Driving during the winter months can be quite precarious, depending on where you live. With snowy, icy roads everywhere, you need to exercise extreme caution when traveling. Most of the time, you’ll be unable to simply hop in the car and head to your destination. Winter driving requires a certain level of preparation to ensure both you and other drivers remain safe.
No matter what kind of car you drive or where you’re headed, knowing some basic tips and tricks for winter travel is important. Let’s explore the dos and don’ts when preparing for winter driving so you can safely arrive at your destination regardless of the weather.
Do: Always Wear a Seatbelt
Wearing a seatbelt is essential any time you travel on the road. However, it’s particularly important during nasty winter weather. During the winter months, roads are often icy and unpredictable. Therefore, you need to protect yourself and your family by always wearing a restraint.
If your car unexpectedly hits a patch of black ice and starts sliding or swerving off the road, wearing a seatbelt can absolutely save your life. If you’re traveling with young children, be sure they’re also properly restrained in their car seats.
Don’t: Risk It
If the weather is bleak and visibility is nonexistent, don’t venture out in your vehicle. Before you head out in the winter, be sure to check the latest weather forecast to know what to expect. A meteorologist can also provide guidance on if they think it’s safe to travel. If they suggest staying home, heed their advice.
When the weather is nasty, go out only if necessary. Even if you can drive well on snowy or icy roads, avoid taking unnecessary risks. A trip to the grocery store or your local convenience store isn’t worth injuring yourself or others, so wait until the weather has cleared.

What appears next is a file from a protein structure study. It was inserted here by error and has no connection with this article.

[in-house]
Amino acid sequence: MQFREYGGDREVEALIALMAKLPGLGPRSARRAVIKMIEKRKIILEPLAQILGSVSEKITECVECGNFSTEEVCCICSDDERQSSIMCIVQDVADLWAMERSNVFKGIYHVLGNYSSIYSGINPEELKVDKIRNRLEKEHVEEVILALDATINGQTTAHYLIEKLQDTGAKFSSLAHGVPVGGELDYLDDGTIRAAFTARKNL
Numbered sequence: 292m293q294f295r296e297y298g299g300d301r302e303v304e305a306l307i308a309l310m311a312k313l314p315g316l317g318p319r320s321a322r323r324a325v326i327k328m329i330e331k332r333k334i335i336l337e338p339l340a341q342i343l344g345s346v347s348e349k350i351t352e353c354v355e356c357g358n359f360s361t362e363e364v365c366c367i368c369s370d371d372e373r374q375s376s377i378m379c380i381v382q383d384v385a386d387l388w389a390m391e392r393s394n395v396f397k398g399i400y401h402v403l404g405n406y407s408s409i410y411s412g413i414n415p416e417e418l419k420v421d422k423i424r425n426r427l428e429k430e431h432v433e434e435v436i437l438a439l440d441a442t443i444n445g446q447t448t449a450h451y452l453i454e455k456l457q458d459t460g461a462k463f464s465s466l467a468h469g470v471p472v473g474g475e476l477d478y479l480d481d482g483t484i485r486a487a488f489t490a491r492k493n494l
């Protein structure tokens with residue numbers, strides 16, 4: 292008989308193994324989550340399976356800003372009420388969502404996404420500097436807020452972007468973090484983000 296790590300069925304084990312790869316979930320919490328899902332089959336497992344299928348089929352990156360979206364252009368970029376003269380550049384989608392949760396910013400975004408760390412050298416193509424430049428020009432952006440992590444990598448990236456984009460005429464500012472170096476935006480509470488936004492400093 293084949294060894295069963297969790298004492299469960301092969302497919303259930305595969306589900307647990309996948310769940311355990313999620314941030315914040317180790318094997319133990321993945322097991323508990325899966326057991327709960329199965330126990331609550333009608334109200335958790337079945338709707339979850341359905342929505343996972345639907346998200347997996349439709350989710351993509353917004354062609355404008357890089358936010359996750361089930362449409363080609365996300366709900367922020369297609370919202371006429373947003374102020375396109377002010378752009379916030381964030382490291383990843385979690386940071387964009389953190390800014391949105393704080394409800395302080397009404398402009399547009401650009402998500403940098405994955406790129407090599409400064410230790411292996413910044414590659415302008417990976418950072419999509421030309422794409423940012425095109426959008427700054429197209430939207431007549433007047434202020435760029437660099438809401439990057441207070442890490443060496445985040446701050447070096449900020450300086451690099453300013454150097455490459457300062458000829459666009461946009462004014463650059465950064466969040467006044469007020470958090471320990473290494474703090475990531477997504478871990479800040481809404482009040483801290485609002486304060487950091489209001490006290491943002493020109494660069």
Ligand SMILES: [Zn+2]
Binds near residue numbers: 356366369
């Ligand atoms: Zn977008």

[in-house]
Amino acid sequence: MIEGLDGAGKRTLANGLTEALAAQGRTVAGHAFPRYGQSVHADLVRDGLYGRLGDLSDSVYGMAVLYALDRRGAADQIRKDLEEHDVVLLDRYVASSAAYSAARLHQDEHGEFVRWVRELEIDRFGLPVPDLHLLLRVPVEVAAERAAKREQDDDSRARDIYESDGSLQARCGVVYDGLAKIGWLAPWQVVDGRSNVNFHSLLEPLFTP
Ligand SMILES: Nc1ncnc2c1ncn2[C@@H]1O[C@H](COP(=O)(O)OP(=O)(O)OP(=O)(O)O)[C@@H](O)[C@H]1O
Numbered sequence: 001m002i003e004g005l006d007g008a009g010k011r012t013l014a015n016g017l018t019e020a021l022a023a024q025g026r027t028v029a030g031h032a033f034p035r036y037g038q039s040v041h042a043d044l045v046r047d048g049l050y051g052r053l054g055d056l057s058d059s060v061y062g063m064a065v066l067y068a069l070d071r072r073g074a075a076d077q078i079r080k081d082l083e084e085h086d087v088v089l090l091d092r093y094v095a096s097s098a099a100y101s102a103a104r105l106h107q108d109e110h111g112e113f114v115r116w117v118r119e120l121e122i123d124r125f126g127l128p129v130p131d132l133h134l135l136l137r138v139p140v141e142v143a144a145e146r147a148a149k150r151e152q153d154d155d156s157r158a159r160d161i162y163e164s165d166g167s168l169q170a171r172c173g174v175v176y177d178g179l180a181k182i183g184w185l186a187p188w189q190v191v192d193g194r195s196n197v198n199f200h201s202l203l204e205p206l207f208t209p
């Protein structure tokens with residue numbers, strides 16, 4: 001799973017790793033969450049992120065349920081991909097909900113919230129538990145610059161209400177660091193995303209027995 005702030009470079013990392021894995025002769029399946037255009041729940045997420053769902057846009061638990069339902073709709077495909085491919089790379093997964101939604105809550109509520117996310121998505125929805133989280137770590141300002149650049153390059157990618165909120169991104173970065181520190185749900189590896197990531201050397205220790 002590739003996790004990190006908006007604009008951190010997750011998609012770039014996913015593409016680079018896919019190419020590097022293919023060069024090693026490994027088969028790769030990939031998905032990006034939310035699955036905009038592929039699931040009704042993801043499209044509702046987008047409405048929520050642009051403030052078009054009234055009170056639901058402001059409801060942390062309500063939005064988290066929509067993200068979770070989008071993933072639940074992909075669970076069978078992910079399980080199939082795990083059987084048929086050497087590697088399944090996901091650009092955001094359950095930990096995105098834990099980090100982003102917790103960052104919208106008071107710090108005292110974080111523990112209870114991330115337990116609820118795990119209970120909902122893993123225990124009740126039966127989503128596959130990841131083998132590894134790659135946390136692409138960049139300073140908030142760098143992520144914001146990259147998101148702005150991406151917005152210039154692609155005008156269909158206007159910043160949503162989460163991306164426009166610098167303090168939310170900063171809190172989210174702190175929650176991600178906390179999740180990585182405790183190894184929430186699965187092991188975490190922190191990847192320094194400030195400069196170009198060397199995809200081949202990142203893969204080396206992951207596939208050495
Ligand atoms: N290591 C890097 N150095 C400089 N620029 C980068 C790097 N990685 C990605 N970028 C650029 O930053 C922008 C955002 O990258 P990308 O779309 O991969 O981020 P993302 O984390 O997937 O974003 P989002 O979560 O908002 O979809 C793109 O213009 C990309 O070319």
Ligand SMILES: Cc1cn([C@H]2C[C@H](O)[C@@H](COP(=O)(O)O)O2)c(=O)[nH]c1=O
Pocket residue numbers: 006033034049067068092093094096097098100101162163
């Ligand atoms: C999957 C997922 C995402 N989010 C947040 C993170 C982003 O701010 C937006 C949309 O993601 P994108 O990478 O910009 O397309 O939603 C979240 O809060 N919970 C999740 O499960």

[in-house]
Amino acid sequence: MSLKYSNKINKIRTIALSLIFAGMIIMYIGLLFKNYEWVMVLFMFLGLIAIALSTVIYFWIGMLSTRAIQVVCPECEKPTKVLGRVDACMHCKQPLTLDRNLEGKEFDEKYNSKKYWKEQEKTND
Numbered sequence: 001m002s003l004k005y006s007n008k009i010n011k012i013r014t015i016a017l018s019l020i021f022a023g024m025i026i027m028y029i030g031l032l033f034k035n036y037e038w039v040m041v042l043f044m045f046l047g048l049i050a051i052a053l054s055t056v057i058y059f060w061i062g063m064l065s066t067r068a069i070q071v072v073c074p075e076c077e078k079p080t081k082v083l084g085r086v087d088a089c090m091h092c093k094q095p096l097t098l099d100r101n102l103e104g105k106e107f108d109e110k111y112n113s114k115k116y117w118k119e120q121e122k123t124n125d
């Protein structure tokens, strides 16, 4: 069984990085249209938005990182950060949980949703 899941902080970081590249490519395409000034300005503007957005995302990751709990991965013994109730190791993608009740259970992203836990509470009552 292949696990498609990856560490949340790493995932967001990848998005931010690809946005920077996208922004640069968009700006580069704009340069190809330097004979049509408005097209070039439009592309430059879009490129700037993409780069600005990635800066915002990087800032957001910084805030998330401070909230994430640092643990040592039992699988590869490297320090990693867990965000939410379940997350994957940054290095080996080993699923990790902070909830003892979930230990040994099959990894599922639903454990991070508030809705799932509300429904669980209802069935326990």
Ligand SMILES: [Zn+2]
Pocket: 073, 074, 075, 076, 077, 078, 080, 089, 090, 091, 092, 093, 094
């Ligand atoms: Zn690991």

Do: Drive Slowly
When the weather outside is frightful, drive at a slow pace. As we mentioned before, even if the roads seem clear, there’s always the possibility of invisible black ice. If you hit a slick spot, your vehicle can easily slide off the road.
When snow and ice are present, your tires don’t have the same amount of traction on the road. Therefore, you always need to lower your speed. Many people overestimate their ability to drive in adverse weather conditions, especially if they’re not used to doing so. To avoid harming yourself or other motorists, always drive slowly during wicked winter weather.
Don’t: Make Sudden Stops
Whenever possible, avoid sudden stops when driving in winter weather. The amount of inertia necessary to start moving from a full stop is much higher than if your car is already rolling. Therefore, slow down enough to be safe but keep your car in motion.
For instance, if you’re approaching a red light and there’s no one in front of you, try slowly easing off the brake until the light changes. It will be easier to accelerate if you haven’t completely stopped your car. Plus, if the roads are slippery, quickly pushing down on the gas pedal may cause your tires to slide, skid, or simply spin in place. Instead, gently accelerate and decelerate when the roads are messy.